When you know, you’ll stop blowing out other’s light and shine as your authentic self
I didn’t set out to write a Medium blog about trusting God, trusting signs, and asking the right questions. But as I say in almost every post, life began for me this very week when I started asking a profound but simple question:
Instead of asking, “Why is this happening to me?” I began to start asking “What is this trying to teach me?”
In asking this question my very self started to unravel. Because in seeing the truth behind the crazy events of the past 60 days I saw that God wasn’t sending me heartache and change to make me uncomfortable. He was making me uncomfortable to shake me awake. And here’s what I realized:
- I am controlling
- I play the victim so I don’t have to have accountability
- Deep down — despite all my outside achievements — I don’t feel worthy in my own life
I hate to put all this on record for everyone to see. After all, on the outside I’m a six foot, fairly attractive fifty year old.
I’ve got a good job, I write on the side, I have a nice husband and two kids that, so far, have not over-sexed, over-drugged or stolen beer from our local A.M./P.M..
But the truth is, I have parented, friended, daughter-ed and wife-d from a place of brokenness. I have not trusted God, as much as I say I do, that who I am — as Andrea — is enough.
In not trusting God, I’ve attempted to manage people, places and things around me to (outside issues) to fill the hole on the inside (inside issues.)
I thought that in giving up alcohol five years ago I had surrendered my will power, and while I had let go of much of my control, I hadn’t given up all of it. How do I know? Because the people around me are miserable. This morning was no exception.
My Wake Up Call
I woke up late today. I was able to meditate with my husband and do a quick spiritual reading with him, but I was rushing to get my morning pages done. And yes, I did do them, but the whole time I had an agenda going. “How will I get the blog post in, school work done and get a few things cleaned up before the cleaning service comes over?”
#1: I realize how lucky I am to have a cleaning crew come twice a month. It’s a luxury I have only recently been able to enjoy. The problem, of course, is not that my house was such a mess before. (It was.) The problem was that I was not trusting God that I could get my blog done (my purpose) and let the cleaning crew deal with the little tidbits I’d rather them not see. (The overflowing trash/the excess Halloween decorations/the fur on the couch which can only point to the furry member of the family who is really in charge round these parts.)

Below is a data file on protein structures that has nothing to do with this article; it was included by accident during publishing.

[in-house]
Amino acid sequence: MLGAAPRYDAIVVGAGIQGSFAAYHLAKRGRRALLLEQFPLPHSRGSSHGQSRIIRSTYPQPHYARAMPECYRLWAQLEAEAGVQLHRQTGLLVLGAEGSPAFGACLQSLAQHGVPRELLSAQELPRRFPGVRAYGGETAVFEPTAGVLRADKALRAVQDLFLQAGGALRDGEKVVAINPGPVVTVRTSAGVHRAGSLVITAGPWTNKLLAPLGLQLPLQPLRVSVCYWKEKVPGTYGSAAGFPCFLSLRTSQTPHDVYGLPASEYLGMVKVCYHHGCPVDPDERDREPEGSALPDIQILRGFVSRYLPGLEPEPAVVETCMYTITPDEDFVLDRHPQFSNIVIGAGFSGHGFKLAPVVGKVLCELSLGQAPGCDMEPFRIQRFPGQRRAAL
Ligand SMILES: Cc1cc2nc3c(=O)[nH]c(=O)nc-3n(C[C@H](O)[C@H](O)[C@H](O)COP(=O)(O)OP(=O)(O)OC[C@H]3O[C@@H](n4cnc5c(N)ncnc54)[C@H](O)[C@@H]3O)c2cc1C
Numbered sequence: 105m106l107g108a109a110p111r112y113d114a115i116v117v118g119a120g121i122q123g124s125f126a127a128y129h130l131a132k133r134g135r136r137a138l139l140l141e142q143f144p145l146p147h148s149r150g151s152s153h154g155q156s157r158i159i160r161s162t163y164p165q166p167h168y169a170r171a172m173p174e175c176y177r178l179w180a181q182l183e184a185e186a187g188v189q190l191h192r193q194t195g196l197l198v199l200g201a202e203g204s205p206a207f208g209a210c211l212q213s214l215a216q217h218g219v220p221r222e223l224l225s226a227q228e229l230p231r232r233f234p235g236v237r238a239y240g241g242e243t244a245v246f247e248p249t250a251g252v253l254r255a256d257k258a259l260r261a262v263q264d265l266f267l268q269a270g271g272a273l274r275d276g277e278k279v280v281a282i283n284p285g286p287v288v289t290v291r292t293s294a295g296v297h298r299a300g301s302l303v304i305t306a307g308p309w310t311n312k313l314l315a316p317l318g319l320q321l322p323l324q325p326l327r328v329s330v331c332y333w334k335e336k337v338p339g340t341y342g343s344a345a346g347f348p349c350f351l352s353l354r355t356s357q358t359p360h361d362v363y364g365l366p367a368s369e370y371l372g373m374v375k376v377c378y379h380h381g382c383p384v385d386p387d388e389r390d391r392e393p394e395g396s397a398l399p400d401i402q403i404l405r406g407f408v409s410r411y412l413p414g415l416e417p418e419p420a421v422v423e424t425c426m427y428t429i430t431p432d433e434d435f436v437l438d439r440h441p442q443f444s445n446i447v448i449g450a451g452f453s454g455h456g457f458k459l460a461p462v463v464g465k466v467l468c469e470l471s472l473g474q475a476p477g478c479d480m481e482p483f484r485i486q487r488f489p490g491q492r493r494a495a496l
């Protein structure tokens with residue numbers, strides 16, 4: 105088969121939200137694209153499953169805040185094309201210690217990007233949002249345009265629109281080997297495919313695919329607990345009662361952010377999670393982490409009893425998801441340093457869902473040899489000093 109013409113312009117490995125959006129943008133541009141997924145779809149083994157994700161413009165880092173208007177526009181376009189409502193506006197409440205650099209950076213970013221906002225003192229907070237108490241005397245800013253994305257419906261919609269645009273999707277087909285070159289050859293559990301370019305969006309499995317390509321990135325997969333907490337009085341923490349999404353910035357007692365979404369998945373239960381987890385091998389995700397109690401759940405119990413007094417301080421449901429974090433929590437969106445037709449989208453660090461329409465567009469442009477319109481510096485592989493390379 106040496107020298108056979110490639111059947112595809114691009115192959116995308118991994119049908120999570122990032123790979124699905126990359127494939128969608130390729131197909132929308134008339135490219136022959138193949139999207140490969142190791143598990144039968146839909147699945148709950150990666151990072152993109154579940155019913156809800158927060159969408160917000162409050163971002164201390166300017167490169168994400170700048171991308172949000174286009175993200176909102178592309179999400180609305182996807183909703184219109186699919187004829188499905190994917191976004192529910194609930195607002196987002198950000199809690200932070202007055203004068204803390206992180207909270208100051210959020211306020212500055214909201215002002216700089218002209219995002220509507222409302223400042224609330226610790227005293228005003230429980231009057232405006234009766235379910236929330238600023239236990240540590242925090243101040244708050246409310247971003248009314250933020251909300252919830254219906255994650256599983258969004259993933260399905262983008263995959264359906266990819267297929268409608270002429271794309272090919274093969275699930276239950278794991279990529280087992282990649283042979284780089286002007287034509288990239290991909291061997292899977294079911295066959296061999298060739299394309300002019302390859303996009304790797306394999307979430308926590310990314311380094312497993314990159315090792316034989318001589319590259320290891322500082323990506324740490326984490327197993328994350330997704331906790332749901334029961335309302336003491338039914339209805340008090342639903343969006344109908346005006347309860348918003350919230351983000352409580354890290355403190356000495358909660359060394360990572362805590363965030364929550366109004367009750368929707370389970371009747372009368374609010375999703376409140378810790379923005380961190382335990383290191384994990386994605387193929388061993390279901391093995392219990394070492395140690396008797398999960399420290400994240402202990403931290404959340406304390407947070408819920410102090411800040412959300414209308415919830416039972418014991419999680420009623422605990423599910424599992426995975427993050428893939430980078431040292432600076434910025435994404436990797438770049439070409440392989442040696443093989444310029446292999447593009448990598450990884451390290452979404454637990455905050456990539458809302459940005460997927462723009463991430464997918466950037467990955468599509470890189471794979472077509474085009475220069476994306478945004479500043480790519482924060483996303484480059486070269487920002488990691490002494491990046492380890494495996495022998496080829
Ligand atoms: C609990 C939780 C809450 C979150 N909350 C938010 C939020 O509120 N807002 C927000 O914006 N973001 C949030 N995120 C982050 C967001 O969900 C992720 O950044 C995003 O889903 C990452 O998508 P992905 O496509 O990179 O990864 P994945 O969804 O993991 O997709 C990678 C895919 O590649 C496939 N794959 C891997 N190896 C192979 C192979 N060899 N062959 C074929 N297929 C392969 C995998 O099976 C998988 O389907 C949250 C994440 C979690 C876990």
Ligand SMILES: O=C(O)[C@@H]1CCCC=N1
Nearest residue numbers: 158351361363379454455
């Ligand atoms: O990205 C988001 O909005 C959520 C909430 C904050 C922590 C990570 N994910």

Exhibit #1’s theme? Fear of judgement (What does this point to? “I’m Not Enough”)
I rushed through my shower, threw the dishes in the dishwasher and made my way to the garage to start a load of laundry. In my head I was thinking, “Why aren’t the kids doing these dishes?”… “Why didn’t I print the household contract and stick it on the fridge like I said I would?”… “God, I’m setting the worst example!”
Looking out the kitchen window didn’t help my mood. “Could there be more dog crap in the yard?”
Exhibit #2 — Negative thinking, Overthinking & Too Hard on Myself (What does this point to? “I’m Not Enough.”)
On the way back from the garage I looked through the window and noticed my sweet older daughter was still in bed. She is supposed to be up daily at 8.
The conversation basically went like this:
External Me: “Hey, you’re not awake!”
Internal/Sane Me: “Walk away, Andrea. You’re cranky. This won’t go well.”
External/Insane Me: “I guess that means no electronics for 3 days.”
Her: (Groggy) “What do you mean? I’m awake! I’m just checking my texts like you asked me to.”
Internal/Sane Me: “She’s really trying. It’s been a hard season. Love over judgment is always best.”
External/Insane Me: “You’re pissing your life away!”
Her: “Wow. Ouch. That hurts, Mom.”
Internal/Sane Me: “She’s right. That kind of really sucked. Why would you say that?”
External/Sane Me: “Save it for your therapist.”
Then I walked away. Furious.
Exhibit #3: I’m unhappy with my own progress so instead of coming to my child with love, I come with anger, insinuating that she is not enough. (Where does this come from? Oh, right… “I’M NOT ENOUGH.”)
I felt like crap for obvious reasons and went to talk to her 30 minutes later. Her head was low. She hadn’t moved from bed. After a few back and forths, she basically told me, “Mom, sometimes my self-esteem is low because I can’t do anything right. I feel like you’re going to get mad. And it just doesn’t feel good.”
Oh, God. That felt like a knife in my heart. This precious child is someone I adore more than life itself. We used to be so close. But based on some things going on in her life, we just aren’t right now. And while I don’t take 100% responsibility for her emotions (I’m not that powerful) I knew, in my gut, I had done some damage. And, well, that didn’t feel good.
I asked for a hug on the way out. Her response? “No.” And who can blame her?